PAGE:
Are 2 simple rules powerful enough to guide a year of work and interaction?
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Simple rules. I have become enamoured with simple rules to guide and govern behavior and actions. It is a bit ironic as I always stated that rules were not engaging but somehow simple rules feels more inviting and not commandment-like at all.
A New Year’s Guide. This post outlines 2 simple rules I am using to guide my work and wellbeing from September 1, 2015 to August 31, 2016. Even at 60 years of age, September 1st. always feels like the first day of the New Year. In my mind and experience, September marks the beginning of the school year in Canada.
Moving on from a 3 word theme. For the past 7 years I have used a 3-word theme to govern the year ahead. I loved the focus and simplicity of it. I was reluctant to give it up but I was looking for a more active approach to the year ahead wedded with specificity. The three word theme was a nice beacon or personal north star while 2-simple rules is a detailed daily road map through work and wellbeing. I am craving a more behavioral action guide for 2015/16. I was planning to write 3 simple rules but in drafting the rules, and my love of small and simple, I decided I only required two rules.
My two daily rules are:
Rule 1: Action – 15
Start and record fifteen 15-minute periods of engaged work or wellbeing sustained with resilient grit.
Rule 2: People Artistry – 5
Draw out the best in others or myself 5 times through connection and expression of appreciation, curiosity, or recognition.
Rule 1 is focused on using short engaged time zones to maximize productivity and well-being. The key moment for me with this simple rule is to just start. I start each period of work or wellbeing by pushing the button on my watch timer already preset for 15 minutes. A second challenge is to sustain engagement for the full 15 minutes. To do this I added resilient grit into the rule. I want to bounce back after inevitable setbacks and I want the grit and gumption to stick with this rule for the year. I know that a big factor in success for me is to keep recording the periods. I don’t need to conduct detailed assessment and analysis but I know that I often become derailed when I stop recording.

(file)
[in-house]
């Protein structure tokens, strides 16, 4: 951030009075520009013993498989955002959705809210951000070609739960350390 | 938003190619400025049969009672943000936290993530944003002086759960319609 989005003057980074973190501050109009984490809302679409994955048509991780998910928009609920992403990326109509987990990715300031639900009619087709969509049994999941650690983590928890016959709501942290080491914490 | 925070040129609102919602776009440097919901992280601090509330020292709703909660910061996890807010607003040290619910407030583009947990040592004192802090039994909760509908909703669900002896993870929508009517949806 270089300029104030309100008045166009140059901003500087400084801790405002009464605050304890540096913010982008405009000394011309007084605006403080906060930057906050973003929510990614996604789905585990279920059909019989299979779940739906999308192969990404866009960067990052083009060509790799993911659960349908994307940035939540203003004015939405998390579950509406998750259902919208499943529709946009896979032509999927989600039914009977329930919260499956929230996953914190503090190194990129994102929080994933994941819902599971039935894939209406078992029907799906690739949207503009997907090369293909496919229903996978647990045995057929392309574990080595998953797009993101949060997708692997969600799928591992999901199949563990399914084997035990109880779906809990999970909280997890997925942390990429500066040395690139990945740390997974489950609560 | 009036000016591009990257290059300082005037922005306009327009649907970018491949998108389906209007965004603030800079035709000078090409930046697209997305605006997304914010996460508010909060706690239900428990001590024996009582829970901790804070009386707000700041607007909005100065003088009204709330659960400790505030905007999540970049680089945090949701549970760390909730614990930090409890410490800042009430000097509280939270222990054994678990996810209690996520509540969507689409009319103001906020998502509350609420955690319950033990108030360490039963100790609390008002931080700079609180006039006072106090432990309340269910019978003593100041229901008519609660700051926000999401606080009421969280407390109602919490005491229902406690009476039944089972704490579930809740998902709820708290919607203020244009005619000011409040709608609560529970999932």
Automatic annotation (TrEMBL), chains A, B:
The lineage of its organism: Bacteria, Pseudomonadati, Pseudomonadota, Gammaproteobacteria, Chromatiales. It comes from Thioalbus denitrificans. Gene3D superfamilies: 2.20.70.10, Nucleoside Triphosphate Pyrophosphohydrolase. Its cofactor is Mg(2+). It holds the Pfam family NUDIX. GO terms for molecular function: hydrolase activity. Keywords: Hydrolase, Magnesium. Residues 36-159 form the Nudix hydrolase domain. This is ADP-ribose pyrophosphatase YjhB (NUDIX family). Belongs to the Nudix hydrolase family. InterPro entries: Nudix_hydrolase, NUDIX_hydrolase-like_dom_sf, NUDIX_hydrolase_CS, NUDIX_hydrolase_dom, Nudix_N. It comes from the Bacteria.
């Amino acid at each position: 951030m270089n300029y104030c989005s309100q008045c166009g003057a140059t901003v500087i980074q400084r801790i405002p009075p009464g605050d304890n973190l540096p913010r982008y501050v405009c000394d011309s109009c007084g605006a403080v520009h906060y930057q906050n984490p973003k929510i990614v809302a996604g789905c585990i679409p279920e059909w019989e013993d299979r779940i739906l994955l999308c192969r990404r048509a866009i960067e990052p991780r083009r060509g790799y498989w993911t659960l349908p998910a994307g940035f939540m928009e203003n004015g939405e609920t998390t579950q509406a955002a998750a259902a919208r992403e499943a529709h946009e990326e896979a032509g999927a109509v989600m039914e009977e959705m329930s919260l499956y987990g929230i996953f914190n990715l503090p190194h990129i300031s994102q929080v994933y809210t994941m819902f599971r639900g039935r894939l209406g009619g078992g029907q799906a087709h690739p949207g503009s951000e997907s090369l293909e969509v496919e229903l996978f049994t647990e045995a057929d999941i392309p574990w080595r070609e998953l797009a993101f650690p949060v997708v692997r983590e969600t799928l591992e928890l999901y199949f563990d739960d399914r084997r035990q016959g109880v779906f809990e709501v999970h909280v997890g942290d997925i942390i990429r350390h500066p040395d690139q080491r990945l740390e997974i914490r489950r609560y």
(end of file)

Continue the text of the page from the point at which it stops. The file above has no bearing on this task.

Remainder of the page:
Rule 2 is inspired by the new book I wrote with Peter W. Hart on People Artists: Drawing Out the Best in Others at Work. This book will be released in October of 2015. The image on the one page guide at the start of this post is taken from the cover of the book and was painted by Peter Hart. I did not want to just write the book and offer the book to others, I plan to make it a personal daily practice. This rule will bring the concepts and practices of the book to life while also offering a trigger for 5 daily acts of people artistry. Most of those acts will take the form of appreciation, curiosity, or recognition.
Background. Some of the background for this change in approach from a 3-word theme to 2-simple rules came from the literature on Kaizen and a recent book by Donald Sull and Kathleeen M. Eisenhardt on, Simple Rules: How to Thrive in a Complex World.
Rule your own world of work, wellbeing and engagement. The primary purpose of this post is to encourage you to develop a few simple rules to improve your work and wellbeing. My rules are not your rules. You are welcome to use mine as a starting point or a launching pad to design your own rules. Later this year and in 2016 I will be writing more about behavioral employee engagement and simple rules. You will learn guidance on how to formulate and apply the concepts of simple rules. I encourage you to read Sull and Eisenhardt’s book to develop a deeper understanding of how simple rules have been used in a variety of setting and how you can use simple rules.
Your next action. I encourage you, for now, to think about what rules would help you engage more fully with your work and wellbeing. As you think this through I encourage you to take a few notes and to write down some early drafts of the rules.
David Zinger is an employee engagement speaker and expert who is pairing the behaviors from the pyramid of employee engagement with simple rules to make a difference to engagement in 2016.